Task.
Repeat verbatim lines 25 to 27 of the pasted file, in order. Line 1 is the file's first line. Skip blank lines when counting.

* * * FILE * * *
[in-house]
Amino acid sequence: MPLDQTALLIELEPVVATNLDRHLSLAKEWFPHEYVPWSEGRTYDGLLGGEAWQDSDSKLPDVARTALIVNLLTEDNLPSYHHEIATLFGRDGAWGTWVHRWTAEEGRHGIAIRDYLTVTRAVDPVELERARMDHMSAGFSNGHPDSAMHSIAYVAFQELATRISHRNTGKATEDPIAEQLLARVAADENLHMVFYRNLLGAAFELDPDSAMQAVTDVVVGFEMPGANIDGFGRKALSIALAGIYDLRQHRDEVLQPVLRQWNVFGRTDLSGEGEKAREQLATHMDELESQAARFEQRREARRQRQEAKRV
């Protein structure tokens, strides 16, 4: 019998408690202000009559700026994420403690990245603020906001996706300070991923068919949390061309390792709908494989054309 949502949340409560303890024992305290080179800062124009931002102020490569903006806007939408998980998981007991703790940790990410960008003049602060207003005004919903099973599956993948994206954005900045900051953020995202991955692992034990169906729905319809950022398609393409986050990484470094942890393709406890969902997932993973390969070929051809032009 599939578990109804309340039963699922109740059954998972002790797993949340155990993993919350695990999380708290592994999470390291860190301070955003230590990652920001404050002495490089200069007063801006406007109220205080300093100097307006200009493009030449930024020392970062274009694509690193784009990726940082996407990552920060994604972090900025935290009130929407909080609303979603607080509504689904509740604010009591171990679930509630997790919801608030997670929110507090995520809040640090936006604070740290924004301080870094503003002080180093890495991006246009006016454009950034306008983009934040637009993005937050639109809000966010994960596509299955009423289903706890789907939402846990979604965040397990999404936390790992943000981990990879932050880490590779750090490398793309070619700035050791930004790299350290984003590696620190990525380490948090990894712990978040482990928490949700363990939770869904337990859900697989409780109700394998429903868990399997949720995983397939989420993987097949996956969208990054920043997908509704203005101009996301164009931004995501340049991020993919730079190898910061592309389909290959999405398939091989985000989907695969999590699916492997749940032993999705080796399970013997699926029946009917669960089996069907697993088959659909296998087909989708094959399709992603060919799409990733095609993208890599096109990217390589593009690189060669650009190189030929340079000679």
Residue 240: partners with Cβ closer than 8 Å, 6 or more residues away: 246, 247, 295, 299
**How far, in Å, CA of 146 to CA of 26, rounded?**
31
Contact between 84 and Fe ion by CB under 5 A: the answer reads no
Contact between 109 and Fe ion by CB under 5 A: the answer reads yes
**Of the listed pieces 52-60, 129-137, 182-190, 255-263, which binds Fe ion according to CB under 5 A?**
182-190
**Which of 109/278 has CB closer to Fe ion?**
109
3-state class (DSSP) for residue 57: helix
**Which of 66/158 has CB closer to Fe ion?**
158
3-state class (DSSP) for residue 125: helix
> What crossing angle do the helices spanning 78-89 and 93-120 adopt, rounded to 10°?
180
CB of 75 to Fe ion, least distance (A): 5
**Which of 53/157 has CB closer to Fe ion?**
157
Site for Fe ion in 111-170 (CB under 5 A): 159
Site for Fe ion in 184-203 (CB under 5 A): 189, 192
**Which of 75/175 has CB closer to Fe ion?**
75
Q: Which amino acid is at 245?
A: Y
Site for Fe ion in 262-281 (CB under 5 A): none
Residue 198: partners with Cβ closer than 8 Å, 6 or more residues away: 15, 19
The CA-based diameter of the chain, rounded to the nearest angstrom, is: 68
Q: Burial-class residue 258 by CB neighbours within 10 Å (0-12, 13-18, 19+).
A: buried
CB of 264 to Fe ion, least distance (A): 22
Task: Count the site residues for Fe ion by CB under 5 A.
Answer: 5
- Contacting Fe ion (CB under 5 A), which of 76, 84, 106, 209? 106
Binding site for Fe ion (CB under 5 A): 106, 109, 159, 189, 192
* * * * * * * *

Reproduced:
75
Q: Which amino acid is at 245?
A: Y